Curl History, Family Crest & Coats of Arms
Curl is a name whose history on English soil dates back to the wave of migration that followed the Norman Conquest of England of 1066. The Curl family lived at Kirkley, a township in the parish of Poneteland in the county of Northumberland. The family name Curl became popular in England after the Norman Conquest, when William the Conqueror gave his friends and relatives most of the land formerly owned by Anglo-Saxon aristocrats. An early roll lists John de Curli of England, 1199 and this source presumes the name is from Thomas de Curleio in Normandy, 1198. 
Another source postulates the name means "dweller near Curley (bend or turn in the road), in Scotland; one who came from Curley, in France; one who had curly hair." 
Early Origins of the Curl family
The surname Curl was first found in Sussex where they held a family seat as Lords of the Manor of Ashburnham, anciently Esseborne. These estates, including three salt houses, were granted to Robert de Criel, a Norman Knight, by William, Duke of Normandy for his assistance at the Battle of Hastings in 1066 A.D., and is so noted in the Domesday Book,  a survey taken of landholders in England in 1086.
Robert de Criel was from the Castle of Criel near Criel-sur-Mer in the arrondisement of Dieppe. Part of the walls of this huge castle are still standing, and there are also traces of a moat. Robert's chief tenant was the Count of Eu. 
Early English rolls showed a wide variety of spellings in Latin and early English: Rannulf de Curleio was listed at Hinton, Hampshire c. 1110; Robert de Curli was found in the Pipe Rolls for Oxfordshire in 1190; William de Curly in the Feet of Fines for Warwickshire 1227-1228; Benedict le Curly in Staffordshire in 1271; and Thomas Curly in the Subsidy Rolls for Warwickshire in 1332.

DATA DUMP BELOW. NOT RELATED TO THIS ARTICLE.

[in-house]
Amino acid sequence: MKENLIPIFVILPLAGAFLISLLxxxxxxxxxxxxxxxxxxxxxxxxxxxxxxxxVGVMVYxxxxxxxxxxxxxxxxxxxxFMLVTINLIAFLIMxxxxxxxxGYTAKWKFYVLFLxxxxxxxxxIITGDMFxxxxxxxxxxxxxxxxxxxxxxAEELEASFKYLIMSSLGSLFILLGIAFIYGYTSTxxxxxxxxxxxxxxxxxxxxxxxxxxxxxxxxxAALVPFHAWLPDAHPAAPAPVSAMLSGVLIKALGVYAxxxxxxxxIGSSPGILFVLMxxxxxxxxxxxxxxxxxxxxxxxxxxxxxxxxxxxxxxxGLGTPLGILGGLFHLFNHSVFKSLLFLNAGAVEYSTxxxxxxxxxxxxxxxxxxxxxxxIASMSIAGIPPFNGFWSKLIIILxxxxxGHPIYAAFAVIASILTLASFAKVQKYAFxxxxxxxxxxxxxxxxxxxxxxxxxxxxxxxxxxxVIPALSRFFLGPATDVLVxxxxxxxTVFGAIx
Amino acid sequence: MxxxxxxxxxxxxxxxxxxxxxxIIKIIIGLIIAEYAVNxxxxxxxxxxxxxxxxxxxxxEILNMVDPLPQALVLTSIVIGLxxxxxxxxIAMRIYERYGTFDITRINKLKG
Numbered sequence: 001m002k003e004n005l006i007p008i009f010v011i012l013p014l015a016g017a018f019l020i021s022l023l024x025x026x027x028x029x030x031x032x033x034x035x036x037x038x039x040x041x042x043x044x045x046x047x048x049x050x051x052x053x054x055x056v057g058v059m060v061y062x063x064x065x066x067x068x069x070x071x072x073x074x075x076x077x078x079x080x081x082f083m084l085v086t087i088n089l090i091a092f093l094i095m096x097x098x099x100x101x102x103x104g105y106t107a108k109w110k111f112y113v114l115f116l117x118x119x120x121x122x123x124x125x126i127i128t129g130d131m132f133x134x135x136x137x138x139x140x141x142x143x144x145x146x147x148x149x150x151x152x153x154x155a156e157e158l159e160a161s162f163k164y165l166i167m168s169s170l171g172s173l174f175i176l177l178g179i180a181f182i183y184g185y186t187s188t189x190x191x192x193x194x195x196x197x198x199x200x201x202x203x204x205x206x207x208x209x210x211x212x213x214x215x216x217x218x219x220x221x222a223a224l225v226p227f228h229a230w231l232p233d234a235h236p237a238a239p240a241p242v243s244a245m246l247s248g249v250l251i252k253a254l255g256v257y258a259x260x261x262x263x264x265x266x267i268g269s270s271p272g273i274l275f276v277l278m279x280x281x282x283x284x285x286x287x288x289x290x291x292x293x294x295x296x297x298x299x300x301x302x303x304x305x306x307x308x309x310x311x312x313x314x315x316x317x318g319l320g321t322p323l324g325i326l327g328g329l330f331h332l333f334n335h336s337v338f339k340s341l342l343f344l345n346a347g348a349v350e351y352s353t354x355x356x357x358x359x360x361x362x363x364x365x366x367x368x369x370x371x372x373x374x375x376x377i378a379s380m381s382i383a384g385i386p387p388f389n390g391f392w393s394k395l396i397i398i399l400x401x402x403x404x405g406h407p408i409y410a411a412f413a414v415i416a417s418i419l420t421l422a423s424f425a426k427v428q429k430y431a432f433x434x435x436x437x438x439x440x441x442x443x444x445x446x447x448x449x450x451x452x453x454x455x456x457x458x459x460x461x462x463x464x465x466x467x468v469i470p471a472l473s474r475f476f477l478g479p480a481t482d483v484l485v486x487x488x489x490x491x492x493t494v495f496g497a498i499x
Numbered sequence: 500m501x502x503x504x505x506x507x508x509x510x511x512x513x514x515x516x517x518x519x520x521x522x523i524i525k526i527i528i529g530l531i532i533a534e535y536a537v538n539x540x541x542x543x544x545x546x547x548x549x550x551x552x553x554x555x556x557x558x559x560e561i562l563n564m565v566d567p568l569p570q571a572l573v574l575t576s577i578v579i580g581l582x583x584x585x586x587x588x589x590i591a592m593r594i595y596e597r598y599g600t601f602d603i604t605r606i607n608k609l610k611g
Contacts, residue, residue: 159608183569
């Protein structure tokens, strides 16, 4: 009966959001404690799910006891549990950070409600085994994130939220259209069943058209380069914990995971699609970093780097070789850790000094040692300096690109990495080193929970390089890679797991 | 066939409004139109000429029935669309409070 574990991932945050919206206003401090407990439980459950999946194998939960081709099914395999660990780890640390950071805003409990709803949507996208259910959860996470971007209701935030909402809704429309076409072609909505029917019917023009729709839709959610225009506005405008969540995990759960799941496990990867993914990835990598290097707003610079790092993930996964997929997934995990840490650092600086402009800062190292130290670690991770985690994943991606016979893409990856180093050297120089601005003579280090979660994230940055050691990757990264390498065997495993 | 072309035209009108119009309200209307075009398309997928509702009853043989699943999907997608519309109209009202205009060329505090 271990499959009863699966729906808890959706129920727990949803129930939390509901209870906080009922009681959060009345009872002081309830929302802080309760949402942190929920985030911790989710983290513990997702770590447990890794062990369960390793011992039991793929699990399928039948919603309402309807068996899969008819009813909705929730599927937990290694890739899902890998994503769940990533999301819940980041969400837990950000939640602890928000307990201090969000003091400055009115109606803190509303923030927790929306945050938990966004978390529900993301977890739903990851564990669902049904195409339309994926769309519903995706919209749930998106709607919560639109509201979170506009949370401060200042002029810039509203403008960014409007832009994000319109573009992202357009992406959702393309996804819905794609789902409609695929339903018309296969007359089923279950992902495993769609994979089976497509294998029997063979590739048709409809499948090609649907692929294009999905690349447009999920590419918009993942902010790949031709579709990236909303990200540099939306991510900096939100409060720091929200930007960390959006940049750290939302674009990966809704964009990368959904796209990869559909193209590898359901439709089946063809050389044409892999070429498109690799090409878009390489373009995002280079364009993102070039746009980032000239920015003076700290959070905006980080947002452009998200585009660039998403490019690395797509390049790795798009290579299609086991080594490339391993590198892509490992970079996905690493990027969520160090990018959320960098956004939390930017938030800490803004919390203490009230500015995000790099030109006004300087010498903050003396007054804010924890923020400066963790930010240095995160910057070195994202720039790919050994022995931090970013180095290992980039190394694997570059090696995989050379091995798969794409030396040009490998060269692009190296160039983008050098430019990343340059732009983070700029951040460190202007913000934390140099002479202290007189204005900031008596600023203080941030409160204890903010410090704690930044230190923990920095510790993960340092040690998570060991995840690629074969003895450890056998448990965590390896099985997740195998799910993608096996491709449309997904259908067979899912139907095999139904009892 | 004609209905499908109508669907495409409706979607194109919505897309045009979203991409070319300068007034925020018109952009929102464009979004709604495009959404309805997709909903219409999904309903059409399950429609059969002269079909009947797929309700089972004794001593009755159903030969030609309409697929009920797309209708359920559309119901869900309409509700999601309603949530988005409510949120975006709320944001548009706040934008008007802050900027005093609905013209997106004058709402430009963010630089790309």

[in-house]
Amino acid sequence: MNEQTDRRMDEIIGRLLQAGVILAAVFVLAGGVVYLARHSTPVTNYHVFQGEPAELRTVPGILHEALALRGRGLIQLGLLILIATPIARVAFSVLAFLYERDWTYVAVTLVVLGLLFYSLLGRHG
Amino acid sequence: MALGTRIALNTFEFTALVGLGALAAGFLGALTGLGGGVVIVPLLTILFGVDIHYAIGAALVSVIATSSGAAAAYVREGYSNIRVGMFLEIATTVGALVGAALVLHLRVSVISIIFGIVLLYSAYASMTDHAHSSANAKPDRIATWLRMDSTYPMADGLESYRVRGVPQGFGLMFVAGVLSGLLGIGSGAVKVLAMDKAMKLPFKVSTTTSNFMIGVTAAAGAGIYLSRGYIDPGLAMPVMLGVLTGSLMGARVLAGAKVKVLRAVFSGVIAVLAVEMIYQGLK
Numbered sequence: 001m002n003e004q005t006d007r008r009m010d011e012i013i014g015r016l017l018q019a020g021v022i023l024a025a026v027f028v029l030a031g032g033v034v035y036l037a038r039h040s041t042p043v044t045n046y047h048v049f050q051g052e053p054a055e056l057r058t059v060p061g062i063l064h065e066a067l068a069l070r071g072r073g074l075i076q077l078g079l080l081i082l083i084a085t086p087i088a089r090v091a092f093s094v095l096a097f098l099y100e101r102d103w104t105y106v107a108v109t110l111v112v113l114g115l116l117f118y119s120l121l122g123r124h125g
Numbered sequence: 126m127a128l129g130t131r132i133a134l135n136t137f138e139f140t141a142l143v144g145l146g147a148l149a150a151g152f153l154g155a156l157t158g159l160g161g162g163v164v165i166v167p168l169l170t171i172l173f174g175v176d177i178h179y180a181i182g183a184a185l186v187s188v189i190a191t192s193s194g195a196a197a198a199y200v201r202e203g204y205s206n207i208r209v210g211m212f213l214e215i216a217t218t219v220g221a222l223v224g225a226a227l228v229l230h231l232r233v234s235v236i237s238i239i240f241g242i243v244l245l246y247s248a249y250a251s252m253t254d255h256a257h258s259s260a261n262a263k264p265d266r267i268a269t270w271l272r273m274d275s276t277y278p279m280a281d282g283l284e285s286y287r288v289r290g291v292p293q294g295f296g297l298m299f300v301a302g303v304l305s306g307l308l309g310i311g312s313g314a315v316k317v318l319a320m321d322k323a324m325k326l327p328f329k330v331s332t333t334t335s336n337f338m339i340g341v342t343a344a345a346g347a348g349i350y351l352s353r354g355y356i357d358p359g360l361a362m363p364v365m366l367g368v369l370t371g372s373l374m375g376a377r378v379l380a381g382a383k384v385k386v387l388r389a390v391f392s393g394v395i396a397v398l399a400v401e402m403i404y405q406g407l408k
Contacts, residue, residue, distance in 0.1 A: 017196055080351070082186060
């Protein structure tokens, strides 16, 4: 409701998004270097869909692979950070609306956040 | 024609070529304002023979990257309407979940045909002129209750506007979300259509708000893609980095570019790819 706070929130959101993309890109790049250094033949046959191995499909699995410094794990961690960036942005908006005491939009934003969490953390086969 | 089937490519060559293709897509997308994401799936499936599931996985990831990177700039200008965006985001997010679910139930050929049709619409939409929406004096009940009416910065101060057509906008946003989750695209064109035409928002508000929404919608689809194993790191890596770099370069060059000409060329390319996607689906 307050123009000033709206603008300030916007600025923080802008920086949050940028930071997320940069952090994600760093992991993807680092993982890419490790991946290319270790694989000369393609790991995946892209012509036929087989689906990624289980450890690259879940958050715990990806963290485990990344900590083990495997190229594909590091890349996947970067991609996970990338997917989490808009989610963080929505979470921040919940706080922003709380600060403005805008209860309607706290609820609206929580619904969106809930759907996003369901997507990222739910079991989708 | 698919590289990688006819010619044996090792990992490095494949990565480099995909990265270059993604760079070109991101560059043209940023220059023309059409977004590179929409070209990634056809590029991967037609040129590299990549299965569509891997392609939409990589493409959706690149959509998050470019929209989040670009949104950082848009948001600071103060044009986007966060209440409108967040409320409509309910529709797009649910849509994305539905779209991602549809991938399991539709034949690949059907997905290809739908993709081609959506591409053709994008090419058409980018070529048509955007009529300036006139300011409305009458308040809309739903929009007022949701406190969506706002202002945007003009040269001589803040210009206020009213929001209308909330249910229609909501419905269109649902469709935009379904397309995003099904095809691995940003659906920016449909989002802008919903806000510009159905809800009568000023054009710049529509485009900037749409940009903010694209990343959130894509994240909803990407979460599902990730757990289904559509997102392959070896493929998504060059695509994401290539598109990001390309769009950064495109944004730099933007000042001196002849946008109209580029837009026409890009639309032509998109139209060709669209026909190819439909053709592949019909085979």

Early History of the Curl family
This web page shows only a small excerpt of our Curl research. Another 257 words (18 lines of text) covering the years 1086, 1295, 1339, 1489, 1679, 1678, 1679, 1575, 1647, 1628, 1629, 1632, 1629, 1637, 1724 and are included under the topic Early Curl History in all our PDF Extended History products and printed products wherever possible.
Curl Spelling Variations
A multitude of spelling variations characterize Norman surnames. Many variations occurred because Old and Middle English lacked any definite spelling rules. The introduction of Norman French to England also had a pronounced effect, as did the court languages of Latin and French. Therefore, one person was often referred to by several different spellings in a single lifetime. The various spellings include Crull, Crul, Cruel, Criel, Cryle, Kriel, Krile, Crile, Kirle, Kyrle, Cyrle, Kreel, Creel, Crulle, Crule, Curl, Curle, Girl, Cryll and many more.
Early Notables of the Curl family (pre 1700)
Outstanding amongst the family at this time was Walter Curle (Curll) (1575-1647), an English bishop, a close supporter of William Laud, Bishop of Rochester in 1628, Bishop of Bath and Wells from 1629...
In the United States, the name Curl is the 6,975th most popular surname with an estimated 4,974 people with that name. 
Migration of the Curl family to Ireland
Some of the Curl family moved to Ireland, but this topic is not covered in this excerpt.
Many English families left England, to avoid the chaos of their homeland and migrated to the many British colonies abroad. Although the conditions on the ships were extremely cramped, and some travelers arrived diseased, starving, and destitute, once in the colonies, many of the families prospered and made valuable contributions to the cultures of what would become the United States and Canada. Research into the origins of individual families in North America has revealed records of the immigration of a number of people bearing the name Curl or a variant listed above:
Curl Settlers in United States in the 19th Century
Emigration to Australia followed the First Fleets of convicts, tradespeople and early settlers. Early immigrants include:
Curl Settlers in Australia in the 19th Century
The motto was originally a war cry or slogan. Mottoes first began to be shown with arms in the 14th and 15th centuries, but were not in general use until the 17th century. Thus the oldest coats of arms generally do not include a motto. Mottoes seldom form part of the grant of arms: Under most heraldic authorities, a motto is an optional component of the coat of arms, and can be added to or changed at will; many families have chosen not to display a motto.
Motto: Nil moror ictus
Motto Translation: I do not care for blows.